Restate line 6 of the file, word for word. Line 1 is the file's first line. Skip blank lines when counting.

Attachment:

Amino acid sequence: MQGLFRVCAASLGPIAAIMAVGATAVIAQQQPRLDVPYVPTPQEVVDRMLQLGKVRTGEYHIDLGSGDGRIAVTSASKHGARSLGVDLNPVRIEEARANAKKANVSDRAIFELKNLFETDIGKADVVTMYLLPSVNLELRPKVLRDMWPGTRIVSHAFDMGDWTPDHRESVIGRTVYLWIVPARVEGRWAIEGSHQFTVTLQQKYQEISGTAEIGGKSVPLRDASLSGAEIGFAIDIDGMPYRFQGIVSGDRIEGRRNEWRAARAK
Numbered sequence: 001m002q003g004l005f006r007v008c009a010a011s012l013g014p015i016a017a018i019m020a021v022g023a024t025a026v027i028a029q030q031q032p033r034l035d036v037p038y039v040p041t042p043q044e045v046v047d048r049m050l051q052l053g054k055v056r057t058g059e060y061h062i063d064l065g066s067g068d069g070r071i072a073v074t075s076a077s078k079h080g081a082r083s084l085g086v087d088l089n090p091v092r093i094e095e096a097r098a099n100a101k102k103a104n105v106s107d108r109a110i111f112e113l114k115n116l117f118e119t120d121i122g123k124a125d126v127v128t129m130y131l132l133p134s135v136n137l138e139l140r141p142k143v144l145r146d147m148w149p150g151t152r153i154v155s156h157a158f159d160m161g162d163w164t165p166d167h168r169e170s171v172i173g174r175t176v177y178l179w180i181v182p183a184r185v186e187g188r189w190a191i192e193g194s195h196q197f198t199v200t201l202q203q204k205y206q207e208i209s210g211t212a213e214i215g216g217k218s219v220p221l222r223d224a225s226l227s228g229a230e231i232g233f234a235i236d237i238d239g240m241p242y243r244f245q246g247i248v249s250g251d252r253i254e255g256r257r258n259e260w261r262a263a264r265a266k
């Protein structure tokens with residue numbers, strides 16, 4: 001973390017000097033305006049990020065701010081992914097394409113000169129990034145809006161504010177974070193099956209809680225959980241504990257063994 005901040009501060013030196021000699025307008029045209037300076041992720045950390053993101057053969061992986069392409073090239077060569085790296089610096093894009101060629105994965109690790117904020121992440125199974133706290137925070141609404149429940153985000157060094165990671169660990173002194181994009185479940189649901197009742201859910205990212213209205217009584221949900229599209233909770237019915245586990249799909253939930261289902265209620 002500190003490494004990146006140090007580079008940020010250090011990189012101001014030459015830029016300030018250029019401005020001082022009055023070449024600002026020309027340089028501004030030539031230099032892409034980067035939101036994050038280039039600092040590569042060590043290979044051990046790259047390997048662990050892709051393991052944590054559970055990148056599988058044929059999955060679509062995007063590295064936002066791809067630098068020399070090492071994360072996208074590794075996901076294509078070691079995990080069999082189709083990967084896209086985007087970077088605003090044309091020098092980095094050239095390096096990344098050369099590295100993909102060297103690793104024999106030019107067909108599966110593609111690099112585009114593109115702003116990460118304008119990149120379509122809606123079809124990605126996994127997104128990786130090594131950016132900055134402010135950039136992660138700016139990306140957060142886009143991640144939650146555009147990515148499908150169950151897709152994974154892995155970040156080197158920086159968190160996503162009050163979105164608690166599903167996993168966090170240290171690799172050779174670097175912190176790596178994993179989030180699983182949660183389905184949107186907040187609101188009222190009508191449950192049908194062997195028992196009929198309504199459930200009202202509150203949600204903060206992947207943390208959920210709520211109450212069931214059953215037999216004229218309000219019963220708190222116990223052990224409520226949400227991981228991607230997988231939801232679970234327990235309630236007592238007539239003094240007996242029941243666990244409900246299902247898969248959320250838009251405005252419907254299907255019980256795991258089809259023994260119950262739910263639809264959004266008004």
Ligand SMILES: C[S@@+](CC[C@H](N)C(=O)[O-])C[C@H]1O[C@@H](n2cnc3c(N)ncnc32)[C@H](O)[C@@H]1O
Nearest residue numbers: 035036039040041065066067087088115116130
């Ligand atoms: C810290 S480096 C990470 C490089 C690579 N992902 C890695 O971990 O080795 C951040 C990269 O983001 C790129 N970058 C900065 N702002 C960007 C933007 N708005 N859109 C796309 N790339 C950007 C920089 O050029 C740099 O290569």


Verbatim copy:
């Ligand atoms: C810290 S480096 C990470 C490089 C690579 N992902 C890695 O971990 O080795 C951040 C990269 O983001 C790129 N970058 C900065 N702002 C960007 C933007 N708005 N859109 C796309 N790339 C950007 C920089 O050029 C740099 O290569």